Our free, downloadable guide explains the costs and steps associated with the purchase of an investment property, positive/negative gearing as well as pros and cons of houses vs. units.
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We can help with accessing your equity, every step of the way.
Unlocking equity to investIf you’ve owned your home for a few years, there’s a good chance you’ve built up some reasonable equity, and this can be a valuable resource when it comes to property investment.
We can help you to find out how much equity you have in your home, and how you might be able to use it to own an investment property sooner. Watch this quick video to find out more.
Important things to consider when using equity to invest
Many property investment gurus say it’s important to repay the loan on your home as soon as you can. The equity that is drawn down from your home to purchase an investment is tax effective, but any remaining debt on your home isn’t. Therefore the loan on your home costs you much more on an ongoing basis than the loan on your investment property.
The property that you live in is not the only source of home equity. You can also use the equity in an existing investment property to help fund the purchase of another investment property.
Your Mortgage Choice broker can help you to work out how much equity you have in your property and how it can be accessed to fund your investment.
Steps to access equity
Calculate the available equity
Work out the amount of equity available in your property using the estimated market value of your home – commonly based on comparable sales within your area or a real estate agent valuation, less the balance of your current loans secured by the property.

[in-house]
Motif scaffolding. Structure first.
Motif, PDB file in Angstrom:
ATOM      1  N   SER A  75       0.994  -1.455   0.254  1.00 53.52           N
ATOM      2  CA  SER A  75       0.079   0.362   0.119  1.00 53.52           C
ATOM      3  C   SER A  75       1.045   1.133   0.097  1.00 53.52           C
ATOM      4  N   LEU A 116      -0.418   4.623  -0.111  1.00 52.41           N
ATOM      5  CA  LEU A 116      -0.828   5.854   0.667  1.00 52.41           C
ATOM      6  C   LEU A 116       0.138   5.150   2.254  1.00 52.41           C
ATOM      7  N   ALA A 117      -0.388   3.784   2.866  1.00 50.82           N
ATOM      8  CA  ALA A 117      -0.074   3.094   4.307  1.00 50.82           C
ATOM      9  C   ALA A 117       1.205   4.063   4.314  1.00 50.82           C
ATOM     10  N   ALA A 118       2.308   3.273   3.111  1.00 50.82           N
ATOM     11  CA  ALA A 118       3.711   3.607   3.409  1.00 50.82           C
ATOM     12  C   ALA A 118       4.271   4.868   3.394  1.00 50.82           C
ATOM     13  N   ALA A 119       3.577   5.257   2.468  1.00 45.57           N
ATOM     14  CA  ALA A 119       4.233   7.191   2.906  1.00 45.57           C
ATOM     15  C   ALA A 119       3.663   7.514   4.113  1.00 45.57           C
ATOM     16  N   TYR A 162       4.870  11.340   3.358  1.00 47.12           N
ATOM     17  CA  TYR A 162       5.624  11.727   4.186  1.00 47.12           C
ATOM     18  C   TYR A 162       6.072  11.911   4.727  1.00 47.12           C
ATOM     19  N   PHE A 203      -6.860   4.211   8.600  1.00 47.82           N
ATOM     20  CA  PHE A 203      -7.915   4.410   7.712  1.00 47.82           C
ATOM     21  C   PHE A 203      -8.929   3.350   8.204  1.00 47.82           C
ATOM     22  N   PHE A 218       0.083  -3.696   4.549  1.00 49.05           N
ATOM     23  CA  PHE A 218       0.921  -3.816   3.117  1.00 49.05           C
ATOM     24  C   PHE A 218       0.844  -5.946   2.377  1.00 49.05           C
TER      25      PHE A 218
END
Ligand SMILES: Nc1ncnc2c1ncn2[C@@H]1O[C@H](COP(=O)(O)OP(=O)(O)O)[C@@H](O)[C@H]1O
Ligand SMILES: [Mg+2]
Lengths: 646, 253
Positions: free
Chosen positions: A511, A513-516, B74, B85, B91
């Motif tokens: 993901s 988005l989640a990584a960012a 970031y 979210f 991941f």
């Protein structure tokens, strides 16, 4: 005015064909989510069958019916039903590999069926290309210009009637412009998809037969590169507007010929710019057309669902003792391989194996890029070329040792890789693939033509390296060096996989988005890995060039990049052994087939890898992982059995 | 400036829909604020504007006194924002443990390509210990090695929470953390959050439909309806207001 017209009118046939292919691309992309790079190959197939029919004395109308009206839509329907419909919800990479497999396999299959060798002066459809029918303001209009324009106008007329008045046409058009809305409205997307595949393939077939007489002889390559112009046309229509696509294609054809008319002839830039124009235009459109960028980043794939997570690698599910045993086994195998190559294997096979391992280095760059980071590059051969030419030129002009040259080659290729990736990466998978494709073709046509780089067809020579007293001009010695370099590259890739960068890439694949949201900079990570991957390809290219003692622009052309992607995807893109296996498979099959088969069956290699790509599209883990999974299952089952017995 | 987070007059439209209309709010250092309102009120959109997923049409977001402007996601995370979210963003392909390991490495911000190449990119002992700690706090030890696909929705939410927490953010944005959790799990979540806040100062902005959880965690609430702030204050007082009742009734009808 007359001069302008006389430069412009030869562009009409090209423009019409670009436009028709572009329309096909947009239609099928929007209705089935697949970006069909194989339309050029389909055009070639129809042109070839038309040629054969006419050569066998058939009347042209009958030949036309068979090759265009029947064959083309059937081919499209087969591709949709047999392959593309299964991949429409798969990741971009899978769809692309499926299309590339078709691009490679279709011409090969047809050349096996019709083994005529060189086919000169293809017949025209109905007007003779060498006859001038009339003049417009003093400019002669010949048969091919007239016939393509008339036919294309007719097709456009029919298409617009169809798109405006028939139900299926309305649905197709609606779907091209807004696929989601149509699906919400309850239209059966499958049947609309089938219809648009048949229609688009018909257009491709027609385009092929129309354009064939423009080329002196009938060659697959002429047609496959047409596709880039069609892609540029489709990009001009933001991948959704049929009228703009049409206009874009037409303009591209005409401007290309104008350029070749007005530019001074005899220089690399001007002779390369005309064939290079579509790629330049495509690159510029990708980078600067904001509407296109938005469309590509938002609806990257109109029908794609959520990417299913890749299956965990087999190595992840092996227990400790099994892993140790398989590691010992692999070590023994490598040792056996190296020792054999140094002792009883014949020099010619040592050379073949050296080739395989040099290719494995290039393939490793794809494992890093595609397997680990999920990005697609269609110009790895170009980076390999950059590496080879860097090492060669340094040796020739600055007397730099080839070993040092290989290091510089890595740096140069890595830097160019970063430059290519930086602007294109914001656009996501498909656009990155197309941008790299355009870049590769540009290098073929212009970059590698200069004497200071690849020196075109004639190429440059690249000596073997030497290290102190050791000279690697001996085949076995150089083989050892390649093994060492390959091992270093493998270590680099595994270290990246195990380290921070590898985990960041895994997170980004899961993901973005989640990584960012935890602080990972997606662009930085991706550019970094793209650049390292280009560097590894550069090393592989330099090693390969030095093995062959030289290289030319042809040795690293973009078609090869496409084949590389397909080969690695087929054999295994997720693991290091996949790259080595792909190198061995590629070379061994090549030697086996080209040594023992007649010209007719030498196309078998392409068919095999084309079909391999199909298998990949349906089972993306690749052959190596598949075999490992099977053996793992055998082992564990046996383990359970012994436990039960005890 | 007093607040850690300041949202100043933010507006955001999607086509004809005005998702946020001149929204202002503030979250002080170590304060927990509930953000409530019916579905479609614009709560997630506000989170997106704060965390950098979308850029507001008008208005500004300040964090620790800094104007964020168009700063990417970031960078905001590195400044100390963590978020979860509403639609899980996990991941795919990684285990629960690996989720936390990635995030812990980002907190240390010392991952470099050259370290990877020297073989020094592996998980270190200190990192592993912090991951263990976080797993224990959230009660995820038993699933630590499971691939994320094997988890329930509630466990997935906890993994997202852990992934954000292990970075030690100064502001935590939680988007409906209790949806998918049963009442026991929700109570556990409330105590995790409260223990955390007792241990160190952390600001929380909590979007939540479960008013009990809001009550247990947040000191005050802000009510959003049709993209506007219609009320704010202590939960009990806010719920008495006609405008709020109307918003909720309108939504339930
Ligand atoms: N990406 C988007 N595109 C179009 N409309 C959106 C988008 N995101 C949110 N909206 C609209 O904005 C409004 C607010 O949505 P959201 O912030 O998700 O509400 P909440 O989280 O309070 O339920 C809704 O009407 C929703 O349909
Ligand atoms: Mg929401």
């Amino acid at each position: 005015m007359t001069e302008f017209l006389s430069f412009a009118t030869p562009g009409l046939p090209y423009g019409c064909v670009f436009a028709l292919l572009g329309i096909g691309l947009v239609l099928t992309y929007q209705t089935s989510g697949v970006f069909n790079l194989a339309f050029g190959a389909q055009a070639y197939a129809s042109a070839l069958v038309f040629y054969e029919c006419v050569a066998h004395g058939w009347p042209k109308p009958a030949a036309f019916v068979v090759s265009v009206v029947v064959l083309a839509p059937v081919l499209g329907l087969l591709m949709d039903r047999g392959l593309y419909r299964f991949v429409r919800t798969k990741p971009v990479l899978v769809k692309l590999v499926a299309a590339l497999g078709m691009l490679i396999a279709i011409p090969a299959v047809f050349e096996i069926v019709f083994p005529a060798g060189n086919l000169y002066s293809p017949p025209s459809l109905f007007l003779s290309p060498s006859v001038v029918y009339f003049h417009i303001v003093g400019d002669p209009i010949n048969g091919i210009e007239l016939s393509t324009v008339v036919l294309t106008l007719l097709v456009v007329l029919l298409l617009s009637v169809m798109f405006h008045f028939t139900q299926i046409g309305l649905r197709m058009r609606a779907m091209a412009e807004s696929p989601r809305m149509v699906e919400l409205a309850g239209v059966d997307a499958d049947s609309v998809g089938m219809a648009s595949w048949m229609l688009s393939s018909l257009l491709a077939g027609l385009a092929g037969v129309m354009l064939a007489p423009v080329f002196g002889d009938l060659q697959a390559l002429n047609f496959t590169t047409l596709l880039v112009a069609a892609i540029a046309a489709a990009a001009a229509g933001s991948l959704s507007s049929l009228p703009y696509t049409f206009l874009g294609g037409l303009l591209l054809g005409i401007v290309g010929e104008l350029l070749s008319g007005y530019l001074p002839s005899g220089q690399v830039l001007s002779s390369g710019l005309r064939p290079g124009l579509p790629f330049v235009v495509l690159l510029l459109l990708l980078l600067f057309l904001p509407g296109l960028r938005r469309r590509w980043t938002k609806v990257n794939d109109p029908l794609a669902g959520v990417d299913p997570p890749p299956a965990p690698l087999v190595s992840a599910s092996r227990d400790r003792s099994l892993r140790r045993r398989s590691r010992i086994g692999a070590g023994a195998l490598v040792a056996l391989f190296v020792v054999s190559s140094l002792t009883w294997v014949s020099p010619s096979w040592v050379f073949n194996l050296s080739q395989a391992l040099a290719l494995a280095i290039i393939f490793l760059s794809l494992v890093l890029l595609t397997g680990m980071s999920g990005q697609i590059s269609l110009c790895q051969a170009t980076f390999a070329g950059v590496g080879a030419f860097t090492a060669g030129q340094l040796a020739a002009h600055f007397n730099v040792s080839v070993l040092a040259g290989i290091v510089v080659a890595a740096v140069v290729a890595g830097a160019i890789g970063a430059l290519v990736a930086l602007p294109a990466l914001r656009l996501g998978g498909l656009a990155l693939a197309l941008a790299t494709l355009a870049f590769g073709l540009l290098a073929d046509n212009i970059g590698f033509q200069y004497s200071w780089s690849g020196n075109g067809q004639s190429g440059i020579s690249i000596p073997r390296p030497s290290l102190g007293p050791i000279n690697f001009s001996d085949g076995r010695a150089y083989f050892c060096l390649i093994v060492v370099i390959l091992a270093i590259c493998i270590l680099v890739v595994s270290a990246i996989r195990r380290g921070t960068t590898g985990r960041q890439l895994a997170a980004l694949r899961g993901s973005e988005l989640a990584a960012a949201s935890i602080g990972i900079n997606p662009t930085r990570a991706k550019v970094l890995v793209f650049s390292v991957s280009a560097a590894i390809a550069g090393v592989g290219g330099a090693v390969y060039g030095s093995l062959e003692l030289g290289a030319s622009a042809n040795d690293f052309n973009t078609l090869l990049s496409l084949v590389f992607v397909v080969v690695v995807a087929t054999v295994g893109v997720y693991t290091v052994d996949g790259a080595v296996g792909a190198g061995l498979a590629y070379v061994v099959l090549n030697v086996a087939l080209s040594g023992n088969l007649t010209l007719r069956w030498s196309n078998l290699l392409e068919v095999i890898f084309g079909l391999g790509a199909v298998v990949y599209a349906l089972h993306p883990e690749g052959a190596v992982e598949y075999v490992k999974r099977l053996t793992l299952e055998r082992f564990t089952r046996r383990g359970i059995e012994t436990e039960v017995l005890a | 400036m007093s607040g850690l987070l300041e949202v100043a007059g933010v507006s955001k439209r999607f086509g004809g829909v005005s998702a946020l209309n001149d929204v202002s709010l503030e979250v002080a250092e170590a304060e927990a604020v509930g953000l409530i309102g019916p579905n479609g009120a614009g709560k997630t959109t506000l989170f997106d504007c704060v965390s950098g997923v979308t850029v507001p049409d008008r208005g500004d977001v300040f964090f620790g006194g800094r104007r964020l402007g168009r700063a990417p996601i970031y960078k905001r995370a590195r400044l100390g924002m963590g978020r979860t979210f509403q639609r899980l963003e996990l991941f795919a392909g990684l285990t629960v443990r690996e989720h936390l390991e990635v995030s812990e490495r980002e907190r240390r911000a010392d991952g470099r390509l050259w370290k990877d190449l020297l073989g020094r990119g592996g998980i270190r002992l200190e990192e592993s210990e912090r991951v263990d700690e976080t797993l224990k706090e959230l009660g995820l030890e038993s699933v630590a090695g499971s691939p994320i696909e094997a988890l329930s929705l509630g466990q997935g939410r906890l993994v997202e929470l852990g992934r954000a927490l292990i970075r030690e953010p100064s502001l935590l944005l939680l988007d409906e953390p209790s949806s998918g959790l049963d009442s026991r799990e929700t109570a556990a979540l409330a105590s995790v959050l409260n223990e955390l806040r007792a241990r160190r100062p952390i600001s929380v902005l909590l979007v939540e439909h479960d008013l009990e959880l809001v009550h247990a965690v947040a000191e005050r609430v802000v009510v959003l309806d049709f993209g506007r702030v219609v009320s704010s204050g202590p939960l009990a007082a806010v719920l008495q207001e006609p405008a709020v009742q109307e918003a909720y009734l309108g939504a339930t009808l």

Work out the “accessible” equity
Work out how much money is required to achieve your plans. You may or may not want to – or be able to – access the full amount of equity that’s available, and your servicing capability is an important factor in this discussion. That is, your ability to service any additional repayments may have an impact on the amount of equity that you can access. Say, for example, that you have $150,000 worth of equity in your property. However, the amount of additional repayments you can afford based on your income and expenses works out to be $50,000; then realistically that’s the amount you would proceed to unlock, rather than the full $150,000 that’s available.
Review your loan options
At this point of the process, you may want to start researching and assessing your home loan options with a Mortgage Choice broker. This is also a good opportunity for your broker to do a “health check” on your current home loan, comparing it based on factors such as interest rates, fees and features against other options from your current lender or other lenders in the market.
Work out the costs for accessing equity
The product you choose and the amount of equity you are looking to access may result in various fees and costs. For example, if you choose to access over 80 percent of your property's value, you will likely need to pay Lenders' Mortgage Insurance (LMI). If you decide to switch to another lender, there may be costs such as fees associated with breaking from a fixed rate product, new loan application fee or government fees.
Loan application and settlement
Once you've decided on a loan option with your Mortgage Choice broker, they'll work with you to get the application process underway and support you at every step to settlement.